Darren Bailey

  • Hand out “pink ballots” on his first day in office, replacing state agency heads.
  • Governing from Springfield, not Chicago.
  • “Make abortion unnecessary” by partnering with civic organizations and churches to “respect and support life”.
  • Work to implement term limits.

  • Asked about the COVID-19 mandates, Bailey said he believed the government’s role was to educate, inform and provide, but should leave it to “us the people to decide.” how we are going to live”.

Gary Rabin

  • Rid Illinois of its “sanctuary state status” – Illinois is growing protections for immigrants and refugees in recent years, establishing itself as a welcoming “sanctuary” state.
  • Lower business taxes to attract more businesses and residents to the state, possibly broadening the tax base. Rabine previously said Illinois would have to “tighten its belt” to achieve that goal, but did not specify what services or costs it would cut to make up for lost revenue.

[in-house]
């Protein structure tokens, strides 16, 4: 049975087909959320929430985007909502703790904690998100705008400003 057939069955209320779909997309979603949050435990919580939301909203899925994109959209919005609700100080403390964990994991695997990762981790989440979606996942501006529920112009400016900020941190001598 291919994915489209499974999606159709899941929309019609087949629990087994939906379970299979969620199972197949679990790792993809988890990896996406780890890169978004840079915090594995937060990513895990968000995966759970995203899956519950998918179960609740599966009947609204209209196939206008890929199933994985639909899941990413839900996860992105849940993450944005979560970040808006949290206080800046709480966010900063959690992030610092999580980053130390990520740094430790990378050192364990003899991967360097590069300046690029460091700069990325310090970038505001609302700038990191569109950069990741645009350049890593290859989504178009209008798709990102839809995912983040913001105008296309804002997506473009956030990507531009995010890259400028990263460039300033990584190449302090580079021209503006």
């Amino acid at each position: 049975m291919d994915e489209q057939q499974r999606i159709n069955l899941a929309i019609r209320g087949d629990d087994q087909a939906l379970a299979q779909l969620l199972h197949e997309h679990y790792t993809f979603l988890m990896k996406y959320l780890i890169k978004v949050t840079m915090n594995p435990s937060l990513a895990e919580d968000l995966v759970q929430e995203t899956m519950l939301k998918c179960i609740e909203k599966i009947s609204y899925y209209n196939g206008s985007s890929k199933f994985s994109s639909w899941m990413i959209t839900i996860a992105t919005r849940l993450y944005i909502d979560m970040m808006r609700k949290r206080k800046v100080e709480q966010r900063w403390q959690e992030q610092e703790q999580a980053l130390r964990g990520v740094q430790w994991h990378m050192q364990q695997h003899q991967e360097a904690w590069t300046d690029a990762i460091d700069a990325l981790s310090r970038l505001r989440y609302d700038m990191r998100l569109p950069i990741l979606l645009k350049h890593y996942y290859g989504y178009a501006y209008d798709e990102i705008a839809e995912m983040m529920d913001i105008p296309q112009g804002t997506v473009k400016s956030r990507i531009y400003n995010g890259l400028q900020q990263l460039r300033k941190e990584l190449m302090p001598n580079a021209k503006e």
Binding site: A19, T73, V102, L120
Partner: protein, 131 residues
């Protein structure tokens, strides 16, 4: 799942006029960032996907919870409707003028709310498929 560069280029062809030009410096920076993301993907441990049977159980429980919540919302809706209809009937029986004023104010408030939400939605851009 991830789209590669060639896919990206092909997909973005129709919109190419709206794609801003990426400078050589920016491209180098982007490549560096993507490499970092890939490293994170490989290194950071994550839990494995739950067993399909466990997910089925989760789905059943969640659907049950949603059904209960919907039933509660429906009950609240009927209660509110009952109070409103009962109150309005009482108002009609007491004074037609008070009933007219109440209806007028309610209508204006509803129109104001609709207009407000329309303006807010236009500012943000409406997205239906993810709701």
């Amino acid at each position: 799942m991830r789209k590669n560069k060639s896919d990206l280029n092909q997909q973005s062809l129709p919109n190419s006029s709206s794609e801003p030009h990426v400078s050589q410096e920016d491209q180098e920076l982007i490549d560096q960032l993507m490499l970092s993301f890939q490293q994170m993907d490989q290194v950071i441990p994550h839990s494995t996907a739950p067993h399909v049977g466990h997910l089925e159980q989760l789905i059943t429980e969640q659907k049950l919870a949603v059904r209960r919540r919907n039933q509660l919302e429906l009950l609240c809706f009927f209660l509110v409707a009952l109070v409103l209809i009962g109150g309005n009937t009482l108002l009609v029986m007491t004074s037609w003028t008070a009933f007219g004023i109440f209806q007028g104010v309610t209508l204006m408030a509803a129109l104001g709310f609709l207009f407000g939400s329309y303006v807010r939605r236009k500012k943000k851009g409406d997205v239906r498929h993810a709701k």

• Removing sex education books from school libraries, he says, amounts to “child pornography”.
  • Support funding for Court Appointed Special Advocates, or CASA – a program that provides volunteers who advocate for abused and neglected children in the child welfare system.

Paul Schimpf

  • Promised not to run for office if he does not “significantly reduce crime in Illinois”.
  • Work for a “parents’ bill of rights” that would require program transparency. The candidate said parents would not have “veto power” over school programs, but his plan would give parents and local school boards more control.

  • Manage property tax increases by requiring all increases to be approved by vote. This means that property taxes would only increase if a community approved a property tax increase through a referendum.